UK Sets Out It’s “Pro-Innovation” Approach To AI Regulation
On 29 March 2023, the UK’s Department for Science Innovation and Technology (“DSIT”) published its long awaited White Paper on its “pro-innovation approach to AI regulation” (the “White Paper”), along with a corresponding impact assessment. The White Paper builds on the “proportionate, light touch and forward-looking” approach to AI regulation set out in the policy paper published in July 2022. Importantly, the UK has decided to take a different approach to regulating AI compared to the EU, opting for a decentralised sector-specific approach, with no new legislation expected at this time. Instead, the UK will regulate AI primarily through sector-specific, principles based guidance and existing laws, with an emphasis on an agile and innovation-friendly approach. This is in significant contrast to the EU’s proposed AI Act which is a standalone piece of horizontal legislation regulating all AI systems, irrespective of industry.
EU Moving Closer to an AI Act – Key Areas of Impact for Life Sciences/MedTech Companies
The European Union is moving closer to adopting the first major legislation to horizontally regulate artificial intelligence. Today, the European Parliament (Parliament) reached a provisional agreement on its internal position on the draft Artificial Intelligence Regulation (AI Act). The text will be adopted by Parliament committees in the coming weeks and by the Parliament plenary in June. The plenary adoption will trigger the next legislative step of trilogue negotiations with the European Council to agree on a final text. Once adopted, according to the text, the AI Act will become applicable 24 months after its entry into force (or 36 months according to the Council’s position), which is currently expected in the second half of 2025, at the earliest.
U.S. Department of Commerce Seeks Input on AI Policy, Calls Trustworthy AI an Important Federal Objective
On April 13, 2023, the United States Department of Commerce National Telecommunication and Information Administration (“NTIA”) published a request for comment (“RFC”) seeking public input on Artificial Intelligence (“AI”) accountability. The RFC seeks to understand which measures—both self-regulatory and regulatory—have the capacity to ensure that AI systems are “legal, effective, ethical, safe, and otherwise trustworthy.” The RFC adopts a broad definition of “AI systems,” noting that they include all automated or algorithmic systems that generate predictions, recommendations, or decisions.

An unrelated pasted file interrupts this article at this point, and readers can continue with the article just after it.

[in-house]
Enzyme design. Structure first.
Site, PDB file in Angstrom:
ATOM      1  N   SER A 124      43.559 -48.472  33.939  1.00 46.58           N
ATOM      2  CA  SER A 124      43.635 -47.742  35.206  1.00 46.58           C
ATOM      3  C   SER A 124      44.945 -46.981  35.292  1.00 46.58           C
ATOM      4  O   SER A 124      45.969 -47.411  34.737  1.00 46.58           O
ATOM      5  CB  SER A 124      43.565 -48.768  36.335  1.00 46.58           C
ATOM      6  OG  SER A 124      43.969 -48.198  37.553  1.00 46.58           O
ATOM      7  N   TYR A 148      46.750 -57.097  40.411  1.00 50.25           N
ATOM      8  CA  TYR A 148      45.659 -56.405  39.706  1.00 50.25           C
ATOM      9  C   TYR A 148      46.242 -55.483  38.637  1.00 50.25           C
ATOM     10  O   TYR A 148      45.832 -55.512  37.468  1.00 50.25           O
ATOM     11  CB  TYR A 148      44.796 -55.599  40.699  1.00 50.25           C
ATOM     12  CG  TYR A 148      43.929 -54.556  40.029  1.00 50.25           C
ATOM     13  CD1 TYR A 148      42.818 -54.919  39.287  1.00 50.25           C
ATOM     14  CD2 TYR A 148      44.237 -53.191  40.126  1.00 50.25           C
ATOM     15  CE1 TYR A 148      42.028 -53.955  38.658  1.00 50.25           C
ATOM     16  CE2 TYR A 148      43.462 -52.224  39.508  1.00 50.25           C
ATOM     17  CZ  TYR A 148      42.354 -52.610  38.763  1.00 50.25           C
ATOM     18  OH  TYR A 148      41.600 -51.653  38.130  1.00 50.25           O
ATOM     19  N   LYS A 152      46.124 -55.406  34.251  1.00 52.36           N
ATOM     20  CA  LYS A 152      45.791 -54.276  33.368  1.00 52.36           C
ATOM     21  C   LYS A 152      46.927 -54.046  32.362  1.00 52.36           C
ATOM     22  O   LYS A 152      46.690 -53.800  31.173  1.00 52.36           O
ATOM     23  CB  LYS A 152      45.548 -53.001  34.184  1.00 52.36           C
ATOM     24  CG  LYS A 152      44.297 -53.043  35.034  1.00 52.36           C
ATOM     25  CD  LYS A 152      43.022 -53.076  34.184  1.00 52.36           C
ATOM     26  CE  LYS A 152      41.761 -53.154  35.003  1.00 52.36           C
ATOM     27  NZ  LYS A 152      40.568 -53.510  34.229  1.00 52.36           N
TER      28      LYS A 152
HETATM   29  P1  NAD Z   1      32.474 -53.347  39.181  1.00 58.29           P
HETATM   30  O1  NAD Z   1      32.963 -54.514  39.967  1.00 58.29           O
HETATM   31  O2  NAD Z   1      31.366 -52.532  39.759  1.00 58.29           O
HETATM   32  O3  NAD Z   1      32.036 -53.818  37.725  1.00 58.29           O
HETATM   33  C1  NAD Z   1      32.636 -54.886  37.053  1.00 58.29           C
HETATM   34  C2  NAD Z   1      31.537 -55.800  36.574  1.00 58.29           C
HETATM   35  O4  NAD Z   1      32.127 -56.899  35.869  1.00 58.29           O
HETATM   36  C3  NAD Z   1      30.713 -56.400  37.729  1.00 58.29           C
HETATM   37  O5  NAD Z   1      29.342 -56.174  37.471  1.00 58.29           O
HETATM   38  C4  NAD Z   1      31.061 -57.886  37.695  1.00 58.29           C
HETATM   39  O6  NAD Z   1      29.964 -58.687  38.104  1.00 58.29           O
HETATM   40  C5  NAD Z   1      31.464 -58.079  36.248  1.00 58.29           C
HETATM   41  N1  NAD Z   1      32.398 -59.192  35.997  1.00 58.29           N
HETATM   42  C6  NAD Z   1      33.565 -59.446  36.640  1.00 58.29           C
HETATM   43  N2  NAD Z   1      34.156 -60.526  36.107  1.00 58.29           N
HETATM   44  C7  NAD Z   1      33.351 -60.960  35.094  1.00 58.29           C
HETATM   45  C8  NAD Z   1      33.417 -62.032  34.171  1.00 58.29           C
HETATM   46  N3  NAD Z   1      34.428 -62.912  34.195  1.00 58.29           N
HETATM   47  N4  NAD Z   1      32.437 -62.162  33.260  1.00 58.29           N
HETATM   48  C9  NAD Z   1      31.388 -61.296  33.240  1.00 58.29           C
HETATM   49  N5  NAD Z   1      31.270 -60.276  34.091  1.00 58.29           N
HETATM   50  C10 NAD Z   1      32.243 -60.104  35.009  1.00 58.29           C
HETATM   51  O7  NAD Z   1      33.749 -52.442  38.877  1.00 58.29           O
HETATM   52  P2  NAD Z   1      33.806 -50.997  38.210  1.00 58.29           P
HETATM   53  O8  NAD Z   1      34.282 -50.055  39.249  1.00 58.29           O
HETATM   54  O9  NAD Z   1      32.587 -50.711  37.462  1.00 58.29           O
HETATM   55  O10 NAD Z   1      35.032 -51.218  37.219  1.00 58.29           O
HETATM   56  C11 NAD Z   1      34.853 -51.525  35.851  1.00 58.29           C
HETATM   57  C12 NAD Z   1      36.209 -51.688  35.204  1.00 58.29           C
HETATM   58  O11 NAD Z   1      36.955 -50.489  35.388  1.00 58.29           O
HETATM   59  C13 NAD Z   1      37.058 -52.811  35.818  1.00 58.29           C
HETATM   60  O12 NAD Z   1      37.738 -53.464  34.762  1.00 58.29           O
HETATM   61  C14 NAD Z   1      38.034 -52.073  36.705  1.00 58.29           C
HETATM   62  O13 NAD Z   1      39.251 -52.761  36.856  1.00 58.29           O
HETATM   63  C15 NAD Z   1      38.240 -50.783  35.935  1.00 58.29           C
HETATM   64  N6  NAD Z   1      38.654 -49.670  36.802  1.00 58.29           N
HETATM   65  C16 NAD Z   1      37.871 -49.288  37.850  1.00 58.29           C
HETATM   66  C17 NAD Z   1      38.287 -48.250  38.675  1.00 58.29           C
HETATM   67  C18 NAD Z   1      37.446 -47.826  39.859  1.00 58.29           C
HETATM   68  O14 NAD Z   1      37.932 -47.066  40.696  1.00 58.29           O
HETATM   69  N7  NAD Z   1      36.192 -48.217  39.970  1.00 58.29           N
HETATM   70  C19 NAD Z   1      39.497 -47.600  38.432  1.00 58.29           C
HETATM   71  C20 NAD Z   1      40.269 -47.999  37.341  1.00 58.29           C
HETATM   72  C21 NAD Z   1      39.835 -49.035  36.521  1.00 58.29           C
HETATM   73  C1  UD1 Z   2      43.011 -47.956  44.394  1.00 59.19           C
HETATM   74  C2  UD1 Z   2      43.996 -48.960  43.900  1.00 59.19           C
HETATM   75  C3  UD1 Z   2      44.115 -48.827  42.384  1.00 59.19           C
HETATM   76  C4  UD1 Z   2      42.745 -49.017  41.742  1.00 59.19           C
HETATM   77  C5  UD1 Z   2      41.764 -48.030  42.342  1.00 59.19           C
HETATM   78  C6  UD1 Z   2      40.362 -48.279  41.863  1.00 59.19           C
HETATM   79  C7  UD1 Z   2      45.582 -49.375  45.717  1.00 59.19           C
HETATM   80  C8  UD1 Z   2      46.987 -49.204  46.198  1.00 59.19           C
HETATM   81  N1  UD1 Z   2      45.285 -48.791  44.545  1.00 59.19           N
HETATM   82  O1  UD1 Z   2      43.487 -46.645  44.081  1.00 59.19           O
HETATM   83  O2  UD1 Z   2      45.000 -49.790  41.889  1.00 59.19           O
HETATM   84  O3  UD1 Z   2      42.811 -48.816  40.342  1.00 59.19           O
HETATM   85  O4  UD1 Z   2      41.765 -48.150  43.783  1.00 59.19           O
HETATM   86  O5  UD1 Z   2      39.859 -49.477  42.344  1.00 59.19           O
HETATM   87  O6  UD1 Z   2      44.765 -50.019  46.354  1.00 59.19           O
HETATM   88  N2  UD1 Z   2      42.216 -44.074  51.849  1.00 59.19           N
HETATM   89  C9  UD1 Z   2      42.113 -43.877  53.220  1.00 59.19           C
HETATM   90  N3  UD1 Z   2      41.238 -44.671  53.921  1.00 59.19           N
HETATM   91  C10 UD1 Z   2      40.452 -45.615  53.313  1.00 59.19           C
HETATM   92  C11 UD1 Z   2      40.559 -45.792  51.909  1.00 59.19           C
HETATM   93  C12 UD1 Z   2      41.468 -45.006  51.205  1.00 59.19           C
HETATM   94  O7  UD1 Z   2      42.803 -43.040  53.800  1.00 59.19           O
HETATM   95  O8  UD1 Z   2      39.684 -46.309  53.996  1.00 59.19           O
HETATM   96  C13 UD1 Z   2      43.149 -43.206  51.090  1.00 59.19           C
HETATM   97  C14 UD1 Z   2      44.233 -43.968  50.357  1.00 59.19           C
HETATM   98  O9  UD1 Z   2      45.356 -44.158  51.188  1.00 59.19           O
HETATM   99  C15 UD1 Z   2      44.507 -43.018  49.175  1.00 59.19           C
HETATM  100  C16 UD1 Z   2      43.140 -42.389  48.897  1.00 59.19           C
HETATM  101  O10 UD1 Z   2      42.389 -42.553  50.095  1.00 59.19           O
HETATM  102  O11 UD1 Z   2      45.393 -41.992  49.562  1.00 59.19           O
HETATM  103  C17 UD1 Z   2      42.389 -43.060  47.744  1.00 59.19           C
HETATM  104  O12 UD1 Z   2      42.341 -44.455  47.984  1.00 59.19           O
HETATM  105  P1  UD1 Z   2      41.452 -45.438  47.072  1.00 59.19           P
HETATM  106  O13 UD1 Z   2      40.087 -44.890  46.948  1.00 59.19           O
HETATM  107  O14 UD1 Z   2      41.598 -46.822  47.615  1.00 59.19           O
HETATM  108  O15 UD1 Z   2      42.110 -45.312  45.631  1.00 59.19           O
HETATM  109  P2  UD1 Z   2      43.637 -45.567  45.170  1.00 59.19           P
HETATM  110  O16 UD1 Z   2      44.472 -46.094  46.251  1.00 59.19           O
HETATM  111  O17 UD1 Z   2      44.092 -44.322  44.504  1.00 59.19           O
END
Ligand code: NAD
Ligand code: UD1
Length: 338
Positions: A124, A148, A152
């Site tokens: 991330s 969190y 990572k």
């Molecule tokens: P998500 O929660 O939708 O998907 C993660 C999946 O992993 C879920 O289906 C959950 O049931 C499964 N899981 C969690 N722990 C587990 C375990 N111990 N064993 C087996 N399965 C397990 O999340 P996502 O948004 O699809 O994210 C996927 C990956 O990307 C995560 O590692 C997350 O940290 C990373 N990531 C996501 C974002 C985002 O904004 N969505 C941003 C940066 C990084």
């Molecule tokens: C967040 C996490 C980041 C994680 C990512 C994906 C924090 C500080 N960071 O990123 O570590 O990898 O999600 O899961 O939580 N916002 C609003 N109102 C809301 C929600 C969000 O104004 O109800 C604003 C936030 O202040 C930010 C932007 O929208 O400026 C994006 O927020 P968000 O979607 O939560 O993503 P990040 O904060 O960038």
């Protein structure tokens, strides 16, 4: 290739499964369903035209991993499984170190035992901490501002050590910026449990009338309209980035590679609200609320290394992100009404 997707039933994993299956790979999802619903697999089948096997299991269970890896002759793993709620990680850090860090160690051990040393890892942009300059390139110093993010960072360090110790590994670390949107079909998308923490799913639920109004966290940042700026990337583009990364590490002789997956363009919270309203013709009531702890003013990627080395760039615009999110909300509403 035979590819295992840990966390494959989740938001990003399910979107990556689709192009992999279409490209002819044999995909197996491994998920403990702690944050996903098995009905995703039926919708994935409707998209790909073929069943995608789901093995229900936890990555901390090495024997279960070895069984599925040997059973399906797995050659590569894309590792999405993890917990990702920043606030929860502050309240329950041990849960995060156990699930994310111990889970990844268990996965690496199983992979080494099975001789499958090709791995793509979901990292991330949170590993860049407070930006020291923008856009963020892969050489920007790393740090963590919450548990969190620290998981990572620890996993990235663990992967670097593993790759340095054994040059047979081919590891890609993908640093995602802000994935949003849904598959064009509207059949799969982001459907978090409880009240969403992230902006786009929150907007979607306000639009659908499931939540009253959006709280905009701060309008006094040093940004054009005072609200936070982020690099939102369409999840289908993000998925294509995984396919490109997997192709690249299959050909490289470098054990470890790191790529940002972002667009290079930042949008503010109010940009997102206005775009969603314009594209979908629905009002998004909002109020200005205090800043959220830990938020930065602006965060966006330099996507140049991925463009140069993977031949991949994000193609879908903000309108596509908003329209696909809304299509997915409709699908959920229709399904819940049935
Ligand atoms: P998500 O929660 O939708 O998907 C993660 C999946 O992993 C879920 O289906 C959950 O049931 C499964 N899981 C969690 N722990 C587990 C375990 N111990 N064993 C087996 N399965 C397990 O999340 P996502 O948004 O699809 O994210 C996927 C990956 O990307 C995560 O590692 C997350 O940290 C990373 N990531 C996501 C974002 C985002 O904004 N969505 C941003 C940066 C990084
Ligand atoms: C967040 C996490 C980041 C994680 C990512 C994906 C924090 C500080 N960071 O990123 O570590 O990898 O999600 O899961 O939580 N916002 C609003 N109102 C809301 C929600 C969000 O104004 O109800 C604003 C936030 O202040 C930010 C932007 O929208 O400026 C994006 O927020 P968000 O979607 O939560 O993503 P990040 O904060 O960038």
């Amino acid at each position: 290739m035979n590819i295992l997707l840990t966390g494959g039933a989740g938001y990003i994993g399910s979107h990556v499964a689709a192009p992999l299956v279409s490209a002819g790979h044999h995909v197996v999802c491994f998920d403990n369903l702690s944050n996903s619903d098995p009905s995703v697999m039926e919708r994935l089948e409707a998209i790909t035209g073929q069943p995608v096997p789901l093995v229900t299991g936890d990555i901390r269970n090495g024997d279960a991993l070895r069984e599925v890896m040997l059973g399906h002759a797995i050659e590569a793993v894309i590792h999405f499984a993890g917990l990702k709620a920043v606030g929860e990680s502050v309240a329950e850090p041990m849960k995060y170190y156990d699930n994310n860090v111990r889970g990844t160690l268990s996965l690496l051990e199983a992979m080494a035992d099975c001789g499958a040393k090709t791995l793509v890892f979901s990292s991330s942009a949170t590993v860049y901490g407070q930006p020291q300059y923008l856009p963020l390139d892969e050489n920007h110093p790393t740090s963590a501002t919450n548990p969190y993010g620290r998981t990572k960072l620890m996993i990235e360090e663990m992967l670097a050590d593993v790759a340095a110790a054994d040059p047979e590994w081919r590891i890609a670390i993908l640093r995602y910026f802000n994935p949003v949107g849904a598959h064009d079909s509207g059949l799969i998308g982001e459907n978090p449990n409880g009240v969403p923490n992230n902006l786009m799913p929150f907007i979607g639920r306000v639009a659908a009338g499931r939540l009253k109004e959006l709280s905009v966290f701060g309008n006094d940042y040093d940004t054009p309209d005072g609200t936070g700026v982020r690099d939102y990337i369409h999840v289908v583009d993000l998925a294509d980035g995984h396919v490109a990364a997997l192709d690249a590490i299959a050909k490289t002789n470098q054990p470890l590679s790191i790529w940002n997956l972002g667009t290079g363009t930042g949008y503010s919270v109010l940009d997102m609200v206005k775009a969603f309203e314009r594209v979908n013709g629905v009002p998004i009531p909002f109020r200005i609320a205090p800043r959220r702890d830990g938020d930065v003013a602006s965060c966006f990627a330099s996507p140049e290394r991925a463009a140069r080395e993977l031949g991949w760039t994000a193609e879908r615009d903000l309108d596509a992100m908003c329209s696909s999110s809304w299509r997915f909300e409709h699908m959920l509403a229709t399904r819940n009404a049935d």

Compliance Updates for Employer’s use of Automated Decisionmaking Tools: New York City Finalizes Rules on Automated Employment Decision Tools and Sets Enforcement Date for July 5, 2023, Upcoming California Regulations, and Federal Guidance
Employers in New York City may soon be subject to a new law, Local Law 144, that regulates employers’ use of automated employment decision tools (“AED tools” or “AEDT”) – software and other programs used to make decisions about who to hire, who to promote and other employment decisions. Local Law 144, the first of its kind law regulating these AED tools, was originally supposed to go into effect on January 1, 2023; however, because needed regulatory guidance had not been issued, the effective date was repeatedly pushed back and is now set for July 5, 2023. Final rules were released on April 6, 2023, so further delays are unlikely. We summarize below the key provisions of Local Law 144 and what employers need to know to prepare.
New U.S. FDA Draft Guidance Outlines Path To Faster Modification of AI/ML-Enabled Devices